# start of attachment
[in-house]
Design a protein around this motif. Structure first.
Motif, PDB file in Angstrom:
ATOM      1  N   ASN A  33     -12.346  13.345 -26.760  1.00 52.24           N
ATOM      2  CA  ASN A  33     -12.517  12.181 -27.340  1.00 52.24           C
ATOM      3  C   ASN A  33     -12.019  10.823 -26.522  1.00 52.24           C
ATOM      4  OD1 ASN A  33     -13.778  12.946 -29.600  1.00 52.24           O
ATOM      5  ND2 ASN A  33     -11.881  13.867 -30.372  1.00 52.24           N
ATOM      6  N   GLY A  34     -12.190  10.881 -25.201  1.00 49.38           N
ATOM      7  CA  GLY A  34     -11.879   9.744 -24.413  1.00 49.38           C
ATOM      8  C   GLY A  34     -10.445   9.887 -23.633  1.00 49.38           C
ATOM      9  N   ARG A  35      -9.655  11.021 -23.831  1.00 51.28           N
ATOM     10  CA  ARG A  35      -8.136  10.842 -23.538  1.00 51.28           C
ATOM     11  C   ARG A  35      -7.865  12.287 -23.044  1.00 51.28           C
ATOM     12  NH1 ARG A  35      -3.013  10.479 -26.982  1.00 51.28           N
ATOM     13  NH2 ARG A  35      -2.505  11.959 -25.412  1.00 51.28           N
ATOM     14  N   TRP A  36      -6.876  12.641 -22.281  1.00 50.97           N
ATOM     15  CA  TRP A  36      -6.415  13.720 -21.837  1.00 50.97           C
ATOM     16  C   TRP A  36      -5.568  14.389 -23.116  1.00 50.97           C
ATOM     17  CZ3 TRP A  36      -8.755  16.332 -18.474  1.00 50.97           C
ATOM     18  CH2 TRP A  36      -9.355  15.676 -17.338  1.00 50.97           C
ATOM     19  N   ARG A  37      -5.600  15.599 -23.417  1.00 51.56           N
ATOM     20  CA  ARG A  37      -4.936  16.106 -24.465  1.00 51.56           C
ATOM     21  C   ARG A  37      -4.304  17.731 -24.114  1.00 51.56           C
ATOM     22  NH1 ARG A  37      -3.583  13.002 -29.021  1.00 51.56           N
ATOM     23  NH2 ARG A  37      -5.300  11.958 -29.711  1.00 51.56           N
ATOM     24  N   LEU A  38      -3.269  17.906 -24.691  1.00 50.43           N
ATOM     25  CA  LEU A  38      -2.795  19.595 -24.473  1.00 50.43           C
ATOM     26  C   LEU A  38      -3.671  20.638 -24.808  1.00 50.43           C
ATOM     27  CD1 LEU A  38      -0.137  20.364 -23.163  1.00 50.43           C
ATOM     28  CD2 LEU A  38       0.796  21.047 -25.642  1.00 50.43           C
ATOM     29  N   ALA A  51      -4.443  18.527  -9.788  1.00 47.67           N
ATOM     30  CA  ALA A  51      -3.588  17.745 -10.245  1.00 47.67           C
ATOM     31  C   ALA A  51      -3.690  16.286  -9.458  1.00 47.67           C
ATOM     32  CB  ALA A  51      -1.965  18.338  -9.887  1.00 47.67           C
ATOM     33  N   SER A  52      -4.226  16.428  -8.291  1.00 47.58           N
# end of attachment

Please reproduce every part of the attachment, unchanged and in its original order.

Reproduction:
[in-house]
Design a protein around this motif. Structure first.
Motif, PDB file in Angstrom:
ATOM      1  N   ASN A  33     -12.346  13.345 -26.760  1.00 52.24           N
ATOM      2  CA  ASN A  33     -12.517  12.181 -27.340  1.00 52.24           C
ATOM      3  C   ASN A  33     -12.019  10.823 -26.522  1.00 52.24           C
ATOM      4  OD1 ASN A  33     -13.778  12.946 -29.600  1.00 52.24           O
ATOM      5  ND2 ASN A  33     -11.881  13.867 -30.372  1.00 52.24           N
ATOM      6  N   GLY A  34     -12.190  10.881 -25.201  1.00 49.38           N
ATOM      7  CA  GLY A  34     -11.879   9.744 -24.413  1.00 49.38           C
ATOM      8  C   GLY A  34     -10.445   9.887 -23.633  1.00 49.38           C
ATOM      9  N   ARG A  35      -9.655  11.021 -23.831  1.00 51.28           N
ATOM     10  CA  ARG A  35      -8.136  10.842 -23.538  1.00 51.28           C
ATOM     11  C   ARG A  35      -7.865  12.287 -23.044  1.00 51.28           C
ATOM     12  NH1 ARG A  35      -3.013  10.479 -26.982  1.00 51.28           N
ATOM     13  NH2 ARG A  35      -2.505  11.959 -25.412  1.00 51.28           N
ATOM     14  N   TRP A  36      -6.876  12.641 -22.281  1.00 50.97           N
ATOM     15  CA  TRP A  36      -6.415  13.720 -21.837  1.00 50.97           C
ATOM     16  C   TRP A  36      -5.568  14.389 -23.116  1.00 50.97           C
ATOM     17  CZ3 TRP A  36      -8.755  16.332 -18.474  1.00 50.97           C
ATOM     18  CH2 TRP A  36      -9.355  15.676 -17.338  1.00 50.97           C
ATOM     19  N   ARG A  37      -5.600  15.599 -23.417  1.00 51.56           N
ATOM     20  CA  ARG A  37      -4.936  16.106 -24.465  1.00 51.56           C
ATOM     21  C   ARG A  37      -4.304  17.731 -24.114  1.00 51.56           C
ATOM     22  NH1 ARG A  37      -3.583  13.002 -29.021  1.00 51.56           N
ATOM     23  NH2 ARG A  37      -5.300  11.958 -29.711  1.00 51.56           N
ATOM     24  N   LEU A  38      -3.269  17.906 -24.691  1.00 50.43           N
ATOM     25  CA  LEU A  38      -2.795  19.595 -24.473  1.00 50.43           C
ATOM     26  C   LEU A  38      -3.671  20.638 -24.808  1.00 50.43           C
ATOM     27  CD1 LEU A  38      -0.137  20.364 -23.163  1.00 50.43           C
ATOM     28  CD2 LEU A  38       0.796  21.047 -25.642  1.00 50.43           C
ATOM     29  N   ALA A  51      -4.443  18.527  -9.788  1.00 47.67           N
ATOM     30  CA  ALA A  51      -3.588  17.745 -10.245  1.00 47.67           C
ATOM     31  C   ALA A  51      -3.690  16.286  -9.458  1.00 47.67           C
ATOM     32  CB  ALA A  51      -1.965  18.338  -9.887  1.00 47.67           C
ATOM     33  N   SER A  52      -4.226  16.428  -8.291  1.00 47.58           N